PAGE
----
Again, Lamentations Rabbah takes a different approach. In this case there is no opening or intersecting verse that rather the darshan begins to work directly on the base text. The midrash has a few plays on the Hebrew סִלָּה and then comments briefly on the phrase that caught the targumist’s attention. The midrash simply states, “We find that the death of youths is considered as grievous as the destruction of the Temple.” It is a strong theological statement that one might suggest can only be made many years after the Temple has been destroyed. The darshan is able to make this connection because he has equated the “virgin daughter of Judah” of the third stich with the temple and finds it in parallel with the young men of the first stich.

This is just a very brief sampling the two primary exegetical witnesses to the rabbinic interpretation of Lamentations. Lamentations is invoked often in other midrashic texts and in halakhic texts as well, usually in subordination to a larger exegetical agenda. The midrash relates many tales of heroism and piety that occurred during the siege(s) of Jerusalem and following the capture and destruction. The targum wrestles with the biblical text to present it in such a way that the people of Israel will not mistake their exacting God for a capricious God. In general terms we can say that the rabbinic response to Lamentations and the destruction of Jerusalem was to use it as an opportunity to exhort the scattered nation of Israel to return to faithful worship of God and specifically through rabbinic understandings of what is right worship, the reading of Torah, the study of Mishnah, and meeting in the Synagogue.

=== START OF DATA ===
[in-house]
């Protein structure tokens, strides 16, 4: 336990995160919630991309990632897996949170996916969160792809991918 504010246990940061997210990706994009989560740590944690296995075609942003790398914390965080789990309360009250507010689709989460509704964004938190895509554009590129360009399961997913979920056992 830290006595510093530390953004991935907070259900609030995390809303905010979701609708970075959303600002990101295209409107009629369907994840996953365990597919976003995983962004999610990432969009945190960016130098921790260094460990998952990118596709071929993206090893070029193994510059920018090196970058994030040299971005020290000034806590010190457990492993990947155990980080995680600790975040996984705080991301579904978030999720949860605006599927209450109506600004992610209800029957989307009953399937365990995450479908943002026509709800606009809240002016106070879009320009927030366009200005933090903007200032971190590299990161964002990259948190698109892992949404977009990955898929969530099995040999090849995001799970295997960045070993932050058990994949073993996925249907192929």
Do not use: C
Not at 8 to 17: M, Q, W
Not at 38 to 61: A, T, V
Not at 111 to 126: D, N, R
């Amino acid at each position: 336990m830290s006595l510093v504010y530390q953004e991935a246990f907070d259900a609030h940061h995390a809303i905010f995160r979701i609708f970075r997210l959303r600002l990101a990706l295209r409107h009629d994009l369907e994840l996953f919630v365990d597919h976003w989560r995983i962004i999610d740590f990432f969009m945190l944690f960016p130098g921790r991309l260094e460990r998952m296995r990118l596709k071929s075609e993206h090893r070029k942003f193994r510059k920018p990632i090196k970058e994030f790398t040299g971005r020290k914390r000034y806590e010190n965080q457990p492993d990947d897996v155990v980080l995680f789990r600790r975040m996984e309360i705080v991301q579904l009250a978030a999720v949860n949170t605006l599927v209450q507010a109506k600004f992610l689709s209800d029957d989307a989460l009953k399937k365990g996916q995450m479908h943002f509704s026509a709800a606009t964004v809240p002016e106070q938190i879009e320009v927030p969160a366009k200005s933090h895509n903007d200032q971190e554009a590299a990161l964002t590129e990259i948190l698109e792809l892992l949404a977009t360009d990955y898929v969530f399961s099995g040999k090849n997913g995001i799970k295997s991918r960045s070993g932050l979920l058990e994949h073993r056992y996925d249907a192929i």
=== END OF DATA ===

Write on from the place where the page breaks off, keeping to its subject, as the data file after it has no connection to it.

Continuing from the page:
1. Strack-Stemberger, p. 235 []
  2. The meaning is: use your voice for study and prayer. []
  3. Descendant of, the feminine being used of the nation. []
  4. ‘How’–How doth the city sit solitary (Lam. I, 1).–Ekah is the usual way of commencing a dirge or lamentation. []
  5. S.E. of Lydda. []
  6. The text reads סרקיו but a word is required sounding like sillah. []
  7. He would therefore translate: “The Lord hath combed the flesh of all my mighty men.” Combing the flesh was a common form of torture. []
  8. Cf. Prologue XXXII where wine-press’ is explained as the Temple. []
  9. Since both are related in the same verse, they are equal tragedies. []